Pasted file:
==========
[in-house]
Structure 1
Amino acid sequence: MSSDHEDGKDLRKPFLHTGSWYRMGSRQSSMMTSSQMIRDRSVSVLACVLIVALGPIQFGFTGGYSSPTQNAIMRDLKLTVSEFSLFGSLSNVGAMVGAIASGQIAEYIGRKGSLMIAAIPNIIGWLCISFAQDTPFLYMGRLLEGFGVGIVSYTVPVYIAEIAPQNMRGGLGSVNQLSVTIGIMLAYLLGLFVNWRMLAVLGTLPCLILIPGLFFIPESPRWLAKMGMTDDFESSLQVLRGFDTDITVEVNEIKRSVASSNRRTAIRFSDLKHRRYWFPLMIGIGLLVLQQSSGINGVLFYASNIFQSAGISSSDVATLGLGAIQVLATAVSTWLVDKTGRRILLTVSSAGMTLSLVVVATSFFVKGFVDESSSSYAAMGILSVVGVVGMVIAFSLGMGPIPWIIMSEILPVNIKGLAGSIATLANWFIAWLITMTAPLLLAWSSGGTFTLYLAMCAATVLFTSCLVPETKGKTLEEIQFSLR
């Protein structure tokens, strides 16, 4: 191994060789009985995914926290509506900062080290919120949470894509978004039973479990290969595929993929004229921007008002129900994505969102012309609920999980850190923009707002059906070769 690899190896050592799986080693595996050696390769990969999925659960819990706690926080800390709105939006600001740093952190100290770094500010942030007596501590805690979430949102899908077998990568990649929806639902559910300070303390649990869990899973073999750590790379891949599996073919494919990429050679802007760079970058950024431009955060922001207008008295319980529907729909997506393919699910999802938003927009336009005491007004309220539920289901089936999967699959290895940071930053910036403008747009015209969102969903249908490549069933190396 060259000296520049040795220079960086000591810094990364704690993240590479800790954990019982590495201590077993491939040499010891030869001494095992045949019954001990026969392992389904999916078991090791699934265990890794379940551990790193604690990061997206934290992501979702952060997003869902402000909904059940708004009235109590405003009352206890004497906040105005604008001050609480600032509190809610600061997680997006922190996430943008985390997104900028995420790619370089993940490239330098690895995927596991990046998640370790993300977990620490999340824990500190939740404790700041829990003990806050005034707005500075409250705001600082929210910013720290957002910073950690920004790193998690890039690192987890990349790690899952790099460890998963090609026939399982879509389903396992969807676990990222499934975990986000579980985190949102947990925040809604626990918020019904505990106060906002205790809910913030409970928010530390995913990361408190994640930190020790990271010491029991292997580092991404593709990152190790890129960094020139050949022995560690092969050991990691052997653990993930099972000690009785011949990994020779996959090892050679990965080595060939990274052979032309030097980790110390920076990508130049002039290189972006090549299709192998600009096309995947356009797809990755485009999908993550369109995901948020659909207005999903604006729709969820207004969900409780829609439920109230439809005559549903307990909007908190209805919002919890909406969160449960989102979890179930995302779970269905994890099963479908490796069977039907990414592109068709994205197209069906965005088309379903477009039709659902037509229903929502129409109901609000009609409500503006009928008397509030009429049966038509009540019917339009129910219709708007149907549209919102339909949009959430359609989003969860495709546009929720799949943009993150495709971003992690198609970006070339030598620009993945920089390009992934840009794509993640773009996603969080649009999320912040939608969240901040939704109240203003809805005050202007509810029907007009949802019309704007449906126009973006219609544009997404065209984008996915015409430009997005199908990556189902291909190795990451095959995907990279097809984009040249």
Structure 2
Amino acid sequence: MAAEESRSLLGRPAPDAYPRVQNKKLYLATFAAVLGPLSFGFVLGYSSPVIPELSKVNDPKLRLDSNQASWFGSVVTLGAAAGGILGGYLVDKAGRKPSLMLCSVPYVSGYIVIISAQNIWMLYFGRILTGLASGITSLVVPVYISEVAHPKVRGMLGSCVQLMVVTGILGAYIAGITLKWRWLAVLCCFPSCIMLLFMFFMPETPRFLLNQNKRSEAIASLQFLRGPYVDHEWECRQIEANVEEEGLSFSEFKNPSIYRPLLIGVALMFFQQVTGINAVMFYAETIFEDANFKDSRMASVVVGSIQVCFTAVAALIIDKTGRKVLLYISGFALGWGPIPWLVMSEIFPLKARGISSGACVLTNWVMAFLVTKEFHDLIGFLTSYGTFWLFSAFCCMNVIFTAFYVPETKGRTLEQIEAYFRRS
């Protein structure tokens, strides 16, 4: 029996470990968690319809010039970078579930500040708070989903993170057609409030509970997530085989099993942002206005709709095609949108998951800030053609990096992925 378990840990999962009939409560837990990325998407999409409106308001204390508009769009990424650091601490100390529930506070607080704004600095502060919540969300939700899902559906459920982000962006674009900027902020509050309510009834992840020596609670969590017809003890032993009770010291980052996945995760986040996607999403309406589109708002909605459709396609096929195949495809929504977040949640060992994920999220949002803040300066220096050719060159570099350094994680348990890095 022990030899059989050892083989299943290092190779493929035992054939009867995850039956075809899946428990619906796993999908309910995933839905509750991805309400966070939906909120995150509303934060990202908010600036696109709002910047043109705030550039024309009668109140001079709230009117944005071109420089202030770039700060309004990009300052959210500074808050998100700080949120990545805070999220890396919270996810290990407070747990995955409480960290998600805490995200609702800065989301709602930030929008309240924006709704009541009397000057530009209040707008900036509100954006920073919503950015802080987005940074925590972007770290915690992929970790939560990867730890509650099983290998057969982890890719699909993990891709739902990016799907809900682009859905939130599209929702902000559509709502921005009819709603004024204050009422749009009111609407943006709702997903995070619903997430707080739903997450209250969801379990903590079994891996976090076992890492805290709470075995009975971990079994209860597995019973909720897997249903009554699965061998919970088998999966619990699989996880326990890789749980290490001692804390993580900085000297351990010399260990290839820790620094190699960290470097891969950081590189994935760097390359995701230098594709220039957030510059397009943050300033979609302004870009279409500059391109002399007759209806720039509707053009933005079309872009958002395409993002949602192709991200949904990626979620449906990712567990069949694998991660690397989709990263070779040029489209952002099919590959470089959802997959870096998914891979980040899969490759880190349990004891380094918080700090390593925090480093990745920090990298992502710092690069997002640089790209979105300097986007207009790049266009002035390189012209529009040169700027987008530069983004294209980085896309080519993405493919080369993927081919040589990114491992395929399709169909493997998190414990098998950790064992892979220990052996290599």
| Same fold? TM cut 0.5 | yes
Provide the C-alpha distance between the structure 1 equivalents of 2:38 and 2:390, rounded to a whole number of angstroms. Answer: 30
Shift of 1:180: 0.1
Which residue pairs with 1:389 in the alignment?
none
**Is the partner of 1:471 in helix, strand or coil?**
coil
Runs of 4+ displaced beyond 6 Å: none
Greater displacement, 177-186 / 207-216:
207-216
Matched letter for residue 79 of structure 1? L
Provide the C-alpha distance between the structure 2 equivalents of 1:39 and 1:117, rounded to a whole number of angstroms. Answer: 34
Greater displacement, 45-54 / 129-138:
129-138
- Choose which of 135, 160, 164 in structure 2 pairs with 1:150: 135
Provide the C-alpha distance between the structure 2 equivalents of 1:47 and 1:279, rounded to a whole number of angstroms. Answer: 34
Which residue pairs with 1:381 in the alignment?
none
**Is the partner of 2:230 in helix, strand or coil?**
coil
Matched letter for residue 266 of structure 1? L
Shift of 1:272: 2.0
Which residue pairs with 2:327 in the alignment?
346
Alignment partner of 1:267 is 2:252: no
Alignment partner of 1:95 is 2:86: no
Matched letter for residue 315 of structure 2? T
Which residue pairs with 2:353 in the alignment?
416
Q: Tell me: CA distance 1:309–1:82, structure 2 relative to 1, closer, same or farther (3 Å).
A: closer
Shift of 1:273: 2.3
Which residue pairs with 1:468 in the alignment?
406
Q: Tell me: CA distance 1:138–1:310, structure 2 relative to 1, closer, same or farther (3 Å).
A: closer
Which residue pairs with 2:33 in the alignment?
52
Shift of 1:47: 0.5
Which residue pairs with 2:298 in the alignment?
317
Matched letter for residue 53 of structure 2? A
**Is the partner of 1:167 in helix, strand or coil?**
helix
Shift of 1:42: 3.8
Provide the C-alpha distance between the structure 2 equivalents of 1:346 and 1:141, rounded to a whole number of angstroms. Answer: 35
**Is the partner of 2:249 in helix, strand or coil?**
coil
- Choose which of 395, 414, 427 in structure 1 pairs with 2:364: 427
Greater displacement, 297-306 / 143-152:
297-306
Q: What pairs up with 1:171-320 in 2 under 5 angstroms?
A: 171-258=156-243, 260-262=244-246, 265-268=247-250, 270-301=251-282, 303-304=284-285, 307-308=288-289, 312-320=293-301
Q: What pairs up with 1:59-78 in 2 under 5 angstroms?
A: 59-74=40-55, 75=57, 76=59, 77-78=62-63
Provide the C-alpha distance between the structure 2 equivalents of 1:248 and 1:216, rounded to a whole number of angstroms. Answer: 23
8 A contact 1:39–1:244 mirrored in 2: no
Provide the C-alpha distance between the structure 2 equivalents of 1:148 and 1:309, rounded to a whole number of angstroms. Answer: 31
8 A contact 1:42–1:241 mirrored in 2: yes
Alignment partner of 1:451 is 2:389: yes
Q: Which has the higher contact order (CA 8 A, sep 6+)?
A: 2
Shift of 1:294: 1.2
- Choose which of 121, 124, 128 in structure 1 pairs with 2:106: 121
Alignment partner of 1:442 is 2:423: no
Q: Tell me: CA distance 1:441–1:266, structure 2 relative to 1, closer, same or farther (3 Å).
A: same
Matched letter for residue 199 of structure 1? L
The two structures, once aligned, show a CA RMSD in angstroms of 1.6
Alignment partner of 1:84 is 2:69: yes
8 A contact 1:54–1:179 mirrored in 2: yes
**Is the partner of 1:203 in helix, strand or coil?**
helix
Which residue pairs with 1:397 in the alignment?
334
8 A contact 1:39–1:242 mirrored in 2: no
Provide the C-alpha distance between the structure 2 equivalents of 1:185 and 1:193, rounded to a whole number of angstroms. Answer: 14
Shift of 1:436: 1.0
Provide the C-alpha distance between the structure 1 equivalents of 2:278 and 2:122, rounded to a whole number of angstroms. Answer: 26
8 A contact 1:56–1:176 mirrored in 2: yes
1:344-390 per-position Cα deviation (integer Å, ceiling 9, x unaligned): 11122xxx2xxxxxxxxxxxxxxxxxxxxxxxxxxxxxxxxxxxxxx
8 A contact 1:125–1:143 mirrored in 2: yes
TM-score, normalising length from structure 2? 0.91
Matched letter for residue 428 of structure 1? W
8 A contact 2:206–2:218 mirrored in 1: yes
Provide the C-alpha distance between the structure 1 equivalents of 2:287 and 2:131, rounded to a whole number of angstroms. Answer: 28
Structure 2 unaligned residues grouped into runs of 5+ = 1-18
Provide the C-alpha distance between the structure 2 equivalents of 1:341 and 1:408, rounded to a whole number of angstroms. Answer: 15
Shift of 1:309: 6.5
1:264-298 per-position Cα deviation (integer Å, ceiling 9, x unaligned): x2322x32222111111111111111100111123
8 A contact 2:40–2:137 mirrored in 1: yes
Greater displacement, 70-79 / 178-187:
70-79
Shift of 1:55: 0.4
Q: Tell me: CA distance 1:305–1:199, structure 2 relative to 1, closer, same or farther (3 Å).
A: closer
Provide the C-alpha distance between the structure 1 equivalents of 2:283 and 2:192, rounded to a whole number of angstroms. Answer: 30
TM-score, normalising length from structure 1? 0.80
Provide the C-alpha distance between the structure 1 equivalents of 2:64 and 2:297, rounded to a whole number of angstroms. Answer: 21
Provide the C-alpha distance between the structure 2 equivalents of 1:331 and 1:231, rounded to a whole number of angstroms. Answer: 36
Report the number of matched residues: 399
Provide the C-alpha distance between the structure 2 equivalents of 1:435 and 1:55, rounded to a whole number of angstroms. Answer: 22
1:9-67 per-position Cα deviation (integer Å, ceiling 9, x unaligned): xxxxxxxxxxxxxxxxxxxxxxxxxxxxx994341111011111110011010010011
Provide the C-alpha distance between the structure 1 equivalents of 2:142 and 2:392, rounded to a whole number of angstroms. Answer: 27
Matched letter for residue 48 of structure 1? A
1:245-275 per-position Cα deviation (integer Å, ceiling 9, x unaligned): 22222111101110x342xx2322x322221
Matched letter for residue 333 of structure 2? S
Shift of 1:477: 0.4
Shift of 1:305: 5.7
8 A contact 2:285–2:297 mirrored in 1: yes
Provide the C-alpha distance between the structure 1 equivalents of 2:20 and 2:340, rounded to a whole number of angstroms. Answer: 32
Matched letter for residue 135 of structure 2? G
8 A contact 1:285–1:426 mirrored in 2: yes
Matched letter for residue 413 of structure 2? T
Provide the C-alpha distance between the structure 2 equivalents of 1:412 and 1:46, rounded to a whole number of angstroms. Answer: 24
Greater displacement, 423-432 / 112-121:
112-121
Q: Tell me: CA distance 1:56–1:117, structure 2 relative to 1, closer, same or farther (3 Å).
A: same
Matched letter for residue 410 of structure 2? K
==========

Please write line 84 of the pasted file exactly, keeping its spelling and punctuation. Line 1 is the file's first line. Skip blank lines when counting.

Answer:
Provide the C-alpha distance between the structure 2 equivalents of 1:185 and 1:193, rounded to a whole number of angstroms. Answer: 14